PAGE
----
Review: Fresh Face and Wild Eyed at The Photographer’s Gallery

Daniel Mayrit, Suburban Scenes

As I’ve often noted it’s difficult to say anything useful about group shows, particularly where they have no consistent theme or conceptual thread to connect the work. The sixth annual Fresh Faced and Wild Eyed exhibition at The Photographer’s Gallery is just such a tricky exhibition to review, bringing together as it does the diverse work of twenty-two photographers in a showcase of the work of recent UK photography graduates but ‘without a predetermined curatorial theme’.

Hard as it is to generalise, there are two observations I could make about FFWE13. The first is that there seemed to be a notable slant towards documentary photography, and to a lesser extent fine art photography (and of course these categories are increasingly enmeshed anyway). I found it interesting that there is little recognisable as traditional photojournalism although some of the work drifts briefly into this territory, like Italo Morales’s Overnight Generation, and Harry Mitchell’s City of the Living, both of which make use of a rather photojournalistic visual language. Bronia Stewart’s Babe Station, a behind the scenes look at an adult TV channel is perhaps the most reminiscent of a traditional photo essay, but only slightly.

No, instead it seemed that this year documentary photography prevailed, and by documentary I really mean (to again grossly generalise) relatively undynamic, often staged photographs focusing rather more on social issues than abstract concepts. For example Joanne Mullin’s Refuge, a series of still lives of the interiors of domestic violence refuges in Northern Ireland (reminiscent of Ed Clark’s earlier work). Or Basil Al-Rawi’s Façade, which documents the disintegration of the Irish property boom through images of the hoardings of abandoned building sites. Similarly Tina Remiz’s Krievi project on Latvia’s Russian minority.

The second observation is that while all the work on show was technically very well executed there was relatively little which really made me feel different about either the subject matter explored or the medium employed. Of course this is not the reason all people go to exhibitions, but it is the reason I go, to have some familiar idea exposed or challenged. There were again a couple of exceptions to this, for example Julien Bonnin’s video piece Checkpoint, part of a larger body of work that includes stills. Checkpoint explores the daily procession of thousands of Palestinians through Israeli checkpoints, with an odd rhythm, punctuated by shuffling feet and squeaking turnstiles, furtive glances and wasted time.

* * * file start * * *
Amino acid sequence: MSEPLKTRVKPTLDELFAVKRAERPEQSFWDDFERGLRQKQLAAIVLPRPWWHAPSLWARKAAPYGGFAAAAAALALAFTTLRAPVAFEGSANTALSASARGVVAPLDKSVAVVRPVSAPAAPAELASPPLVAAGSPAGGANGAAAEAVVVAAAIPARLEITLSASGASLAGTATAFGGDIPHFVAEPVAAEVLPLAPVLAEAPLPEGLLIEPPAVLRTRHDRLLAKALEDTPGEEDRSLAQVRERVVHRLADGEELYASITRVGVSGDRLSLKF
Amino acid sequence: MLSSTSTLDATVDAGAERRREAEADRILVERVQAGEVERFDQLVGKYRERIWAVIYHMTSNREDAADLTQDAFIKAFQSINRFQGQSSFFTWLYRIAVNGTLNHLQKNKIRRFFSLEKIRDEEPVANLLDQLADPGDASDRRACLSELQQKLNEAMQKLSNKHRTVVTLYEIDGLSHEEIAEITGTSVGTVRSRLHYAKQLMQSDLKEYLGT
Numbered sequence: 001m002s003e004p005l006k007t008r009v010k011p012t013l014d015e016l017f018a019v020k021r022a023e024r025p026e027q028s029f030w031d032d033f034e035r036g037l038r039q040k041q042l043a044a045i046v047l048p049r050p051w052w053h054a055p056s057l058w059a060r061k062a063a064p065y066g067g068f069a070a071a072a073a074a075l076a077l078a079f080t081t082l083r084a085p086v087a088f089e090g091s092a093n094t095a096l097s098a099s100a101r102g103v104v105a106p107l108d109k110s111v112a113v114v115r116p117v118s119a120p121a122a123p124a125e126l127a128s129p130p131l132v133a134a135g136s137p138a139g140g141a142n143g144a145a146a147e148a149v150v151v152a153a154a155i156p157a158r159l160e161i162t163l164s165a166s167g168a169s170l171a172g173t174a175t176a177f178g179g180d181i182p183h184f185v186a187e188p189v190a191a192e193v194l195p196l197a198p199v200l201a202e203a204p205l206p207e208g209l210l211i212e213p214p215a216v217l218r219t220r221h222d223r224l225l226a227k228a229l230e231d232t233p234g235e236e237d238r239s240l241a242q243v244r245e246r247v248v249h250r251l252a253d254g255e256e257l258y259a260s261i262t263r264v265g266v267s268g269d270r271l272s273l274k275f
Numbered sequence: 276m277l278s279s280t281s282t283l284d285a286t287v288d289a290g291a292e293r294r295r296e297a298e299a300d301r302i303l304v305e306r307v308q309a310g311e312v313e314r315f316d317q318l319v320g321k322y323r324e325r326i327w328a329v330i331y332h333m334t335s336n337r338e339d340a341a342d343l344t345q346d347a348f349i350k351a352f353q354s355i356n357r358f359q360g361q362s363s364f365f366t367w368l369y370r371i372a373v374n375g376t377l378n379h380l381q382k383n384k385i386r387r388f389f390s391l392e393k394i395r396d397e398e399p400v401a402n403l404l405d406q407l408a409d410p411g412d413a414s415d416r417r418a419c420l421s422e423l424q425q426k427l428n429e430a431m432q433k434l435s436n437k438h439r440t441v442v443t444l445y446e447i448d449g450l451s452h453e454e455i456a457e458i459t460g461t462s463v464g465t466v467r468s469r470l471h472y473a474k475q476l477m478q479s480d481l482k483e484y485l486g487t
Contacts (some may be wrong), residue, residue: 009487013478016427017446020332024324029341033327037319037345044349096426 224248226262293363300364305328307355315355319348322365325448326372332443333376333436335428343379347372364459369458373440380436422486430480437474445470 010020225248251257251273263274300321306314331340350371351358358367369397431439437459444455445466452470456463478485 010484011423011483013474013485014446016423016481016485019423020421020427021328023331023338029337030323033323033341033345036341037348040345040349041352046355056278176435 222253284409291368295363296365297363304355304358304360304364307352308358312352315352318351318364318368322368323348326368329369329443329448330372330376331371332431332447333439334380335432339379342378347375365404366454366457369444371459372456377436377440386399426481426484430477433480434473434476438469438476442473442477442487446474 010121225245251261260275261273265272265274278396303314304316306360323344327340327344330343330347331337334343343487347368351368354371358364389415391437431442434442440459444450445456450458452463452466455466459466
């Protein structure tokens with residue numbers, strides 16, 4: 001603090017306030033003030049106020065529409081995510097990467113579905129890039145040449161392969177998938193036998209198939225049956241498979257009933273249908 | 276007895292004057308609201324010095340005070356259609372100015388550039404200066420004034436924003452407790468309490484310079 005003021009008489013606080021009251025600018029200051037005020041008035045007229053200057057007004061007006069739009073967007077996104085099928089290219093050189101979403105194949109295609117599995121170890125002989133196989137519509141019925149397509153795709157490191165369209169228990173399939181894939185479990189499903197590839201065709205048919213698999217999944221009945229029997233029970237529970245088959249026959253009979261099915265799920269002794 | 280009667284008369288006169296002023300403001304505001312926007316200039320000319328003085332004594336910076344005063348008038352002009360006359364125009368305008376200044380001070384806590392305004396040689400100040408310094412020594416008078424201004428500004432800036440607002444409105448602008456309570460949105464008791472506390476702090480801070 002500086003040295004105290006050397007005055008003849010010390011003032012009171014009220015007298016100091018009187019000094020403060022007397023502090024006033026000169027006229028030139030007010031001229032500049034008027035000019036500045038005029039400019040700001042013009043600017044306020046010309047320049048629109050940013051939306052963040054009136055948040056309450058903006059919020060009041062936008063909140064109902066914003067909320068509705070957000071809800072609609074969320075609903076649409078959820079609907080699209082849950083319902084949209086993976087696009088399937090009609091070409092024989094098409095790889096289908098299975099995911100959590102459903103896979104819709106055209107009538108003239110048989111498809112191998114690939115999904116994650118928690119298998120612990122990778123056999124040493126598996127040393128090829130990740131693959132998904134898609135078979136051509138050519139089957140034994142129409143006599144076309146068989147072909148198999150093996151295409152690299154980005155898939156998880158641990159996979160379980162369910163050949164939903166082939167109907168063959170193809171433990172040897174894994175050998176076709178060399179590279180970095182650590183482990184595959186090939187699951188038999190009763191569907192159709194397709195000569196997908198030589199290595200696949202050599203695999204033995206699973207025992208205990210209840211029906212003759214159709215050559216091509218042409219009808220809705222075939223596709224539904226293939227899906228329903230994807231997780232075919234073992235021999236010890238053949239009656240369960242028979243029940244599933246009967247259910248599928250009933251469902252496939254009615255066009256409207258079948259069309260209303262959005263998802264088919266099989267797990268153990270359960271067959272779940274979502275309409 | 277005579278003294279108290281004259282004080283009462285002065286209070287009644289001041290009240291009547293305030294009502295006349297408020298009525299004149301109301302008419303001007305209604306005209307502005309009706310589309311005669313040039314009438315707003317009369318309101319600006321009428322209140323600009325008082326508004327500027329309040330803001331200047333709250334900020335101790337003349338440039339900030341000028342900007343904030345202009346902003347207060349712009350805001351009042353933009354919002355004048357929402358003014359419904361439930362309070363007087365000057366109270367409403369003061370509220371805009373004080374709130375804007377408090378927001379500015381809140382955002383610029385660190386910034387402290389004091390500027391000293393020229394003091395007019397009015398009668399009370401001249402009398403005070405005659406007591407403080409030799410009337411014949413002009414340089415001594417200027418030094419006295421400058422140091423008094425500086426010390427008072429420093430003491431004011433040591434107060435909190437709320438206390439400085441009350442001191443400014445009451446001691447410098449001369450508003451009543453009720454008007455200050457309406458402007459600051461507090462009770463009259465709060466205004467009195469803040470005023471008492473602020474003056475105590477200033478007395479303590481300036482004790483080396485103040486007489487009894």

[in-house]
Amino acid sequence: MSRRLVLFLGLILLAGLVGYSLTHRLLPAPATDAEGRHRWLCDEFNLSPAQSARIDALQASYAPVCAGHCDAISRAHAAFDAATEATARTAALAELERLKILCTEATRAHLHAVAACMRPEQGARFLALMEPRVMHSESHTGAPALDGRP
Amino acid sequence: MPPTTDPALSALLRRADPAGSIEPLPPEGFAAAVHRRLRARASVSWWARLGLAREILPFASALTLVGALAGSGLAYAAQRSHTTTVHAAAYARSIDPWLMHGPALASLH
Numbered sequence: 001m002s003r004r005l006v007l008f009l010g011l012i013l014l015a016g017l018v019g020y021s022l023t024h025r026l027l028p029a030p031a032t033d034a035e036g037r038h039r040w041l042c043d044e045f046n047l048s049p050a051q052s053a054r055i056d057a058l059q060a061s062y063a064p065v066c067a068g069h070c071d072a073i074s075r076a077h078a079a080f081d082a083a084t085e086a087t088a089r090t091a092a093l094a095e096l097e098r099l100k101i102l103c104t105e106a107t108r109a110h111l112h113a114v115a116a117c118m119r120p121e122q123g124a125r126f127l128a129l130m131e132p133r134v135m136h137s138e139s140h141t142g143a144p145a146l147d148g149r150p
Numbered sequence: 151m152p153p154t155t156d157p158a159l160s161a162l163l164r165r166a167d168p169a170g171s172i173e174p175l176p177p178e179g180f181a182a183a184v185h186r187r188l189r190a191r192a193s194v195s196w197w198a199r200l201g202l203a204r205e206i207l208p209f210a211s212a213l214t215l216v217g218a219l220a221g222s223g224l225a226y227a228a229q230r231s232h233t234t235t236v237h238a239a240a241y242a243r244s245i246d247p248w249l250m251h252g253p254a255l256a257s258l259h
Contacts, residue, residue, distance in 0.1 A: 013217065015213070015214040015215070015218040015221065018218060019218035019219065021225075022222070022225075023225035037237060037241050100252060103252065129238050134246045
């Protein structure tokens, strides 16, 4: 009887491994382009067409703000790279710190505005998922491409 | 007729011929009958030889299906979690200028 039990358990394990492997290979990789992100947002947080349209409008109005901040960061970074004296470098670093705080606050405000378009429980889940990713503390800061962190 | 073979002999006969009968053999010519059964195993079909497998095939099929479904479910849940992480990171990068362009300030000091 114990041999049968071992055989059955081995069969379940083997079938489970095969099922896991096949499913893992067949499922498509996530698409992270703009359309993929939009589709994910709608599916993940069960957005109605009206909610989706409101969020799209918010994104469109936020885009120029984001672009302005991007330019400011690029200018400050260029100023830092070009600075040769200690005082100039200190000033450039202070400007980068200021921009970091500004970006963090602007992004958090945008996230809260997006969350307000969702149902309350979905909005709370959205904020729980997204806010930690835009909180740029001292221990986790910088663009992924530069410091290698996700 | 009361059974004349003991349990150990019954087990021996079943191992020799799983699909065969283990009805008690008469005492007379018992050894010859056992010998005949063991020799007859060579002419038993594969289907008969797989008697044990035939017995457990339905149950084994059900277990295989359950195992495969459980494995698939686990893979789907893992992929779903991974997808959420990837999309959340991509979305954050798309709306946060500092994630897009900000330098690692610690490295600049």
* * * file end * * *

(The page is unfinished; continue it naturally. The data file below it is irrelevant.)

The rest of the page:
Similarly I found Nicholas Feldmeyer’s technically diverse work quite provoking if only in terms of the questions it tempts about the limits of photography, like the striking After All showing what appears to be a procedurally generated mountainous landscape intruded upon by a Kubrick-esque monolith of white light. Also worth noting is Daniel Mayrit’s Suburban Scenes, superficially a series of light box mounted photographs which resemble appropriated Google Street View imagery, closer inspection reveals each scene is carefully staged for the camera. It’s a nice melding of an increasingly overused aesthetic with the  perennially interesting (for me at least) device of the staged photograph masquerading as one which is candid or accidental.

It’s a broad show, both in terms of subject matter and quality, with perhaps something for everyone apart from maybe the most diehard fans of old school photojournalism. That said with the lack of anything that comfortably identifies as photojournalism I’m not sure how far the selection reflects the state of university level photography in the UK, as much as it does TPG’s interest in photography which speaks a particular conceptual language and sits comfortably on gallery walls. If you can’t decide whether to go, or can’t make it before the show ends there is a very decent mini-site where you can see more of the participants work than what is hung in the gallery, watch the handful of video pieces that are included in the exhibition and view short interviews with the participants. Fresh Faced and Wild Eyed is on until 21st July 2013.

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